You would think that an airplane-leasing company that calls itself International Lease Finance Corp. would make its money by leasing airplanes to its customers. But you would be wrong. International Lease, in fact, makes most of its money not by leasing airplanes, but by selling them.
Combine that information with the fact that changing just one number can send International Lease's reported profits rocketing up to the stratosphere, and you begin to see why American International Group (AIG), the huge insurance holding company, has the hots for International Lease.
AIG is forking over more than $3 billion -- $1.3 billion to International Lease's stockholders and assuming $1.9 billion of debt -- to get into the airplane business. But airplanes are notorious for being, if you can forgive the pun, an up and down business. And the down part of the cycle seems to be starting. Prices of some used airplanes are starting to slide. Some U.S. airlines are starting to weaken.
And if the deal goes through, AIG will be on the hook not only for the $3.2 billion it's spending to buy International Lease, but also for $15 billion or so worth of planes that International Lease has committed to buy over the next 10 years. Committing billions to the airplane business in this market makes about as much sense as buying a lifetime pass on Frank Lorenzo's airlines. Unless, of course, you're very clever -- and AIG is nothing if not clever.
Part of the reason AIG is buying International Lease, of course, is that AIG believes that the airplane market will be so strong in the next few years that it will make a fortune because International Lease, the world's second-largest plane leasing company, ordered its planes at cheap prices.
Another part of the reason, which emerges only when you massage some numbers, is that AIG is an almost sure bet to have higher earnings with International Lease than without it. How? By changing the way that International Lease charges its earnings for depreciation on its planes.
Here's how it works. A company like International Lease has to charge its earnings for the fact that its planes get closer to the end of their useful lives with every passing year. You've heard of this before -- it's depreciation. It's what happens to your car as you get more miles on the odometer.
Airplanes can become old rustbuckets, too, but companies can't just put a bumper sticker and a piece of Fiberglas over the holes; they have to account for it on their financial statements. Say International Lease spends $100 million for a plane. It charges its profits $4.5 million a year for depreciation and decreases the plane's value on its balance sheet by that amount.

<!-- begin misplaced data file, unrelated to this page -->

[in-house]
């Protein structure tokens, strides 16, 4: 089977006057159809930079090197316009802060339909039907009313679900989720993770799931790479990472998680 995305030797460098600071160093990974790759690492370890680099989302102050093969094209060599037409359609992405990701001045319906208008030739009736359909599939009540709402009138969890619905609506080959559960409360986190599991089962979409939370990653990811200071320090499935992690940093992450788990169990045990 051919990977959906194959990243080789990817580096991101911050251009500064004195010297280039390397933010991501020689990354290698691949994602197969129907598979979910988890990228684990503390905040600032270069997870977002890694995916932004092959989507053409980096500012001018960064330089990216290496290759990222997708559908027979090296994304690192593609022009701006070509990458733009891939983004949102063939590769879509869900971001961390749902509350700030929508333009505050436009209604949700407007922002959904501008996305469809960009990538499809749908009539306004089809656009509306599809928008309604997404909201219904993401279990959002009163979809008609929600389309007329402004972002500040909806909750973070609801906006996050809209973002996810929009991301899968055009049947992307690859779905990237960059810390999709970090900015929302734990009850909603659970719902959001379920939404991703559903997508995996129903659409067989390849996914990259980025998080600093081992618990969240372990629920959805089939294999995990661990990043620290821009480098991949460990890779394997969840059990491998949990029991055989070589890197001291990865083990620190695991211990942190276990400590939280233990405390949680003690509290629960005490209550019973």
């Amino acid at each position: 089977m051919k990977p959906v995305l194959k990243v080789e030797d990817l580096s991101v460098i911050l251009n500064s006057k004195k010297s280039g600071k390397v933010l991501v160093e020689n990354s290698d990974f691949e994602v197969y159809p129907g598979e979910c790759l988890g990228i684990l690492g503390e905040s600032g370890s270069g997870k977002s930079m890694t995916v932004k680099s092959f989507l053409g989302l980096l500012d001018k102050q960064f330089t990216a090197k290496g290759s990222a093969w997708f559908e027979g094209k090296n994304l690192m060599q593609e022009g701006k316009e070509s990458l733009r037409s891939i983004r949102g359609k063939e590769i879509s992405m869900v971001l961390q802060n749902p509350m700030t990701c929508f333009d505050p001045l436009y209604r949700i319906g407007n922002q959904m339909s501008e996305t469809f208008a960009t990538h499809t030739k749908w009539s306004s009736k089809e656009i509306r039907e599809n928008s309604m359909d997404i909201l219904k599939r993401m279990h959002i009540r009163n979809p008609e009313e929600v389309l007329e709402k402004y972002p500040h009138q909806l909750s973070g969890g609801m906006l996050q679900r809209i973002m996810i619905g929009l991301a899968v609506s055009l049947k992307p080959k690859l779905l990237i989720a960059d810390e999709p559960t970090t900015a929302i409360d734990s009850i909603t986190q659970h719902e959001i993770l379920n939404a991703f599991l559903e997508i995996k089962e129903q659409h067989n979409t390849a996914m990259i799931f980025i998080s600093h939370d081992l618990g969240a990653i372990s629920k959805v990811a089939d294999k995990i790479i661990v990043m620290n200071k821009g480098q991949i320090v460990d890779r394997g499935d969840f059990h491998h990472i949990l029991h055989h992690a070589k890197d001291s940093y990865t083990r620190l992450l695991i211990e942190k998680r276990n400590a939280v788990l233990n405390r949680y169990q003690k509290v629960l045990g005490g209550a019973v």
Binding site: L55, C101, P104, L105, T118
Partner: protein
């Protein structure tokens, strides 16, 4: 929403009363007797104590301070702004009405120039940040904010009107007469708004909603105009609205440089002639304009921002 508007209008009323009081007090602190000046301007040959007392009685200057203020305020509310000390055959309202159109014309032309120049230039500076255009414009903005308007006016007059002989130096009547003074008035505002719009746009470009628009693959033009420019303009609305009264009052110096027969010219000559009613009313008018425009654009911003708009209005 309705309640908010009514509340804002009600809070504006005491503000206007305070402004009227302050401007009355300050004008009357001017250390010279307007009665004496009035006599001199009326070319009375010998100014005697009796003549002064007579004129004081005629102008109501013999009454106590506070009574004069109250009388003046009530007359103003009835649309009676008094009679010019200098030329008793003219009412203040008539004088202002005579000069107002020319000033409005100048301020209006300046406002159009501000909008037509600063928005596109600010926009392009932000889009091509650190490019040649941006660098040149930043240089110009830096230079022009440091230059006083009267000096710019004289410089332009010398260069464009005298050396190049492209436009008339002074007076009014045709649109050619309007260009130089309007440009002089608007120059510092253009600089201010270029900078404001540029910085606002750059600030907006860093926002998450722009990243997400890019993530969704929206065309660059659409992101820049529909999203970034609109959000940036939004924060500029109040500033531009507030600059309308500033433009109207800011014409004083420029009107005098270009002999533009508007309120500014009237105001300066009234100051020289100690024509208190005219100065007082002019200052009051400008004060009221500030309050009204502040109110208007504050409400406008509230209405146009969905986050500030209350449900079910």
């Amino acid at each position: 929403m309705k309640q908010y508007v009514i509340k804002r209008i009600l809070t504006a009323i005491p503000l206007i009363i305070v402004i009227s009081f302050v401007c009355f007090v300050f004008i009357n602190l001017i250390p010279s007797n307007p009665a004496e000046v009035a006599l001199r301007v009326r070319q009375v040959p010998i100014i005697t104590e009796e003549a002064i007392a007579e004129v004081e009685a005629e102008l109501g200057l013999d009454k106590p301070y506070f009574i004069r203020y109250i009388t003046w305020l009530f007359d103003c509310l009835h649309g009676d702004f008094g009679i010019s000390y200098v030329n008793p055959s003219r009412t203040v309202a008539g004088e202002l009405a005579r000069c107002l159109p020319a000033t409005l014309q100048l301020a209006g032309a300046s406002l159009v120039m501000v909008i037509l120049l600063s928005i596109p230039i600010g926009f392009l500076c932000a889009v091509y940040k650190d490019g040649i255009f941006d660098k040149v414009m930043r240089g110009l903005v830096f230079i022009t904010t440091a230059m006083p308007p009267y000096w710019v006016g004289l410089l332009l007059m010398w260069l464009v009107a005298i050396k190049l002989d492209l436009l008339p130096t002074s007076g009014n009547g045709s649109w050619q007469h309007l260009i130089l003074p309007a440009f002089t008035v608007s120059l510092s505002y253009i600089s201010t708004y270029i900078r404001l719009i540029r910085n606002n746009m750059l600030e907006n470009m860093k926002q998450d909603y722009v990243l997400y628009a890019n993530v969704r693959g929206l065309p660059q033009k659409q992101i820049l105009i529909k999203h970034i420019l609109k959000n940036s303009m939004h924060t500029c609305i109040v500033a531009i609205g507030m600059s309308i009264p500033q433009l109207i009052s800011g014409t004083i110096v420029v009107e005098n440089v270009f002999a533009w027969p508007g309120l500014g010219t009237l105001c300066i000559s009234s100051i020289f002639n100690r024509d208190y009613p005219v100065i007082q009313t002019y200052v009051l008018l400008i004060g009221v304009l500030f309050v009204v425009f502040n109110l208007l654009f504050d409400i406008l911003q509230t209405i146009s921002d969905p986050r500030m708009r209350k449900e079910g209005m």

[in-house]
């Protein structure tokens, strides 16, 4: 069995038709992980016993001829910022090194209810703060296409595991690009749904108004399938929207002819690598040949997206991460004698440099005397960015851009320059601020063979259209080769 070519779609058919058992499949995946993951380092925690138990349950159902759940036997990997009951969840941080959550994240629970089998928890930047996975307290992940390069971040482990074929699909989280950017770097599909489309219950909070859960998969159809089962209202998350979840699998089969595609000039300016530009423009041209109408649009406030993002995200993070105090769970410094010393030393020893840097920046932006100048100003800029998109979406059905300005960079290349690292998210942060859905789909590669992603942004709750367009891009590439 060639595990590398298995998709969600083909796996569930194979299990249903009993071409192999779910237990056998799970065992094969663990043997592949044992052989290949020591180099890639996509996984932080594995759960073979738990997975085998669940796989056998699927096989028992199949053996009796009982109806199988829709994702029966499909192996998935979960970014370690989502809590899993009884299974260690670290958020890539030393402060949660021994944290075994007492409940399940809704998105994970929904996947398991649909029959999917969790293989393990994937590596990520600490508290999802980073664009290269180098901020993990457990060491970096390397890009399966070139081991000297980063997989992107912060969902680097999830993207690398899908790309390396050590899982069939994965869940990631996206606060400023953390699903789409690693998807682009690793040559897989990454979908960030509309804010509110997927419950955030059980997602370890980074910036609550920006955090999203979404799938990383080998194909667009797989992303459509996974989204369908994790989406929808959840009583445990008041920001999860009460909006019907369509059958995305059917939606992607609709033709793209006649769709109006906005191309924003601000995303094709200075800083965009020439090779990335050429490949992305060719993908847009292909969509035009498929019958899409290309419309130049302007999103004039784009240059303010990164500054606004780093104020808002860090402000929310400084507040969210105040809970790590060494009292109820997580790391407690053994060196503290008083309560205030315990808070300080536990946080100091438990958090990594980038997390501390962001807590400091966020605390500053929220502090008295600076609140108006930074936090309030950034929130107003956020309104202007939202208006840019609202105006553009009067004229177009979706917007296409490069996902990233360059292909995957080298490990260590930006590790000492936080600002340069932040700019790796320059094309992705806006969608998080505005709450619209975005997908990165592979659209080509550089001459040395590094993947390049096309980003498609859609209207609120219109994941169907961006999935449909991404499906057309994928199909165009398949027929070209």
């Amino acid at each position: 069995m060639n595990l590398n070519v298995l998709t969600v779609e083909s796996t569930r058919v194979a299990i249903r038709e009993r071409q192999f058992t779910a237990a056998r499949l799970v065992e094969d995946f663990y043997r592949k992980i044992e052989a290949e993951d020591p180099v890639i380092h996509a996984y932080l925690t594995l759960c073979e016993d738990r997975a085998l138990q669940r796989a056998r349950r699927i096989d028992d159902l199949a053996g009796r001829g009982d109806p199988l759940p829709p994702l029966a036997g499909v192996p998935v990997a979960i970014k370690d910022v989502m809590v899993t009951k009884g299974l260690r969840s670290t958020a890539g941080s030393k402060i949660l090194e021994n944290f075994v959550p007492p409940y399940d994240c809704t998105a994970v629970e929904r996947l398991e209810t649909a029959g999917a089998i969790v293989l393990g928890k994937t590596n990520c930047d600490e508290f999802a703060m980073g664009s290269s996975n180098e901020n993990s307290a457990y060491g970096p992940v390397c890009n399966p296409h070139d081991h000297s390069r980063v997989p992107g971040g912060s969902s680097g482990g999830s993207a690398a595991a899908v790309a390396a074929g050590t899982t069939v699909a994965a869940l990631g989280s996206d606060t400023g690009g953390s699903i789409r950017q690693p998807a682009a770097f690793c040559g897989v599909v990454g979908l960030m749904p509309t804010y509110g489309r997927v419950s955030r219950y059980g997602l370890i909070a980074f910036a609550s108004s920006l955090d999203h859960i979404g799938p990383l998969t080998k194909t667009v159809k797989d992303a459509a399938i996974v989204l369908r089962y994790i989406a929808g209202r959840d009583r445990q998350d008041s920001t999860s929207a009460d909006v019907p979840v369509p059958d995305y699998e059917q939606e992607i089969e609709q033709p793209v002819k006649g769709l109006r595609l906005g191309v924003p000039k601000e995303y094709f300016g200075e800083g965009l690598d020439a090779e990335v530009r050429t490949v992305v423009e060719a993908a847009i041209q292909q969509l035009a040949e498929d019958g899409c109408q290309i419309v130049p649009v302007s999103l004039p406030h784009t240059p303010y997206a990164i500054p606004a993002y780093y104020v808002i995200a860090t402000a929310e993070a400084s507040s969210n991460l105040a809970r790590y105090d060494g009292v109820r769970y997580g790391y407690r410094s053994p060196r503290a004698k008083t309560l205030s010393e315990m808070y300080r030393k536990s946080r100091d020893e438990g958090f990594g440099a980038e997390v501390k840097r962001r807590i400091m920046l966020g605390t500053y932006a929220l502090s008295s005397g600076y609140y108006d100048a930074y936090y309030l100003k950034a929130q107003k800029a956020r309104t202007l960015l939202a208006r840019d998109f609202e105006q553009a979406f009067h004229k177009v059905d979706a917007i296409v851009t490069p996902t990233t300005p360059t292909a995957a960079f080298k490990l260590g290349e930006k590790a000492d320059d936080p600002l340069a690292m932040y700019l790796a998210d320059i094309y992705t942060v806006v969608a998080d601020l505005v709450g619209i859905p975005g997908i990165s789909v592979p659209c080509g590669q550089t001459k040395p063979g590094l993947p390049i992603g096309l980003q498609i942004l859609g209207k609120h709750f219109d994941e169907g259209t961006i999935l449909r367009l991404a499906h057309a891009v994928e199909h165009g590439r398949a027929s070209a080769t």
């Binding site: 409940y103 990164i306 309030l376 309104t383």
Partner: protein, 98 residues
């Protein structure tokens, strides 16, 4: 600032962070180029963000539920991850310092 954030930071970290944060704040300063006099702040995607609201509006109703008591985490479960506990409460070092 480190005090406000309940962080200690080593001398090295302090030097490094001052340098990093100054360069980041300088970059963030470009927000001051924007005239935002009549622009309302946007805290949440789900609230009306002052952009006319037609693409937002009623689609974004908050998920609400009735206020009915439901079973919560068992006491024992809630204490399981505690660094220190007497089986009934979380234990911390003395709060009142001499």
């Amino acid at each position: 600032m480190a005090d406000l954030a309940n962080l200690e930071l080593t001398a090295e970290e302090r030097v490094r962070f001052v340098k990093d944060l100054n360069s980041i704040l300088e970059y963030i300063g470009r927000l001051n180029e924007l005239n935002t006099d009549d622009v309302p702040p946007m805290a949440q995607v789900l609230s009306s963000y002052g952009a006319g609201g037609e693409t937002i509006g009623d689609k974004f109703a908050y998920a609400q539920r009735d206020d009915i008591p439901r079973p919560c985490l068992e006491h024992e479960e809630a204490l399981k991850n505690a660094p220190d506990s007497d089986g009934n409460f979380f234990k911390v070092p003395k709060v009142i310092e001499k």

International Lease makes its profit when it comes time to sell the plane; the profit is the difference between the depreciated value of the aircraft and the price for which it's finally sold. International Lease makes big money on sales -- which means that its depreciation charges have been higher than they had to be. In 1988, for instance, International Lease made $36 million (before income taxes) by selling planes, compared with $20 million for leasing them. In 1989, it was $53 million vs. $20 million. In the first quarter of 1990, the numbers were $14.9 million vs. a loss of $7 million, compared with $2.5 million vs. a loss of $10.1 million a year earlier.
So AIG could cut the depreciation charges and give International Lease's earnings a real boost. The company would report smaller profits on sales of planes, but who cares? AIG's reported profits from "financial services" would be up, and everyone would be happy.
AIG Vice Chairman Edward Matthews says that changing the depreciation numbers "is under active consideration," but he wouldn't be drawn into a discussion about it.
Say International Lease depreciated planes the way the world's biggest airplane lessor, GPA Group, does. If you take that difference and apply it to the $10 billion fleet that International Lease will soon have, reported earnings increase $90 million a year at one stroke. That's a much easier way of making money than actually earning it. And $90 million a year is about what International Lease's whole operation earns now.
If the deal takes place, it should be fun to watch. The companies couldn't be more different. Not only are they on opposite coasts -- AIG in New York, International Lease in Beverly Hills, Calif. -- but AIG's 27-person tax department is almost as large as all of International Lease, which has just added its 28th employee.
AIG, as an insurance company, likes to eliminate risk. International Lease relishes it. The company simultaneously juggles currencies, interest rates, projected airline prices in the 21st century and the financial outlook for foreign airlines so obscure that few Americans can pronounce their names, let alone figure them out.
The idea is "synergy." AIG talks about using its group of trading whizzes to hedge International Lease's interest rate risk. International Lease talks about some incomprehensible plan to do something with planes in Indonesia to take advantage of Indonesian tax credits.
It all sounds wonderful -- but then again, it always does. Whether this deal makes economic sense for AIG won't be clear for several years. But AIG's ability to play games with depreciation means the deal will make earnings sense. These days, you take what you can get.
Allan Sloan is a columnist for Newsday in New York.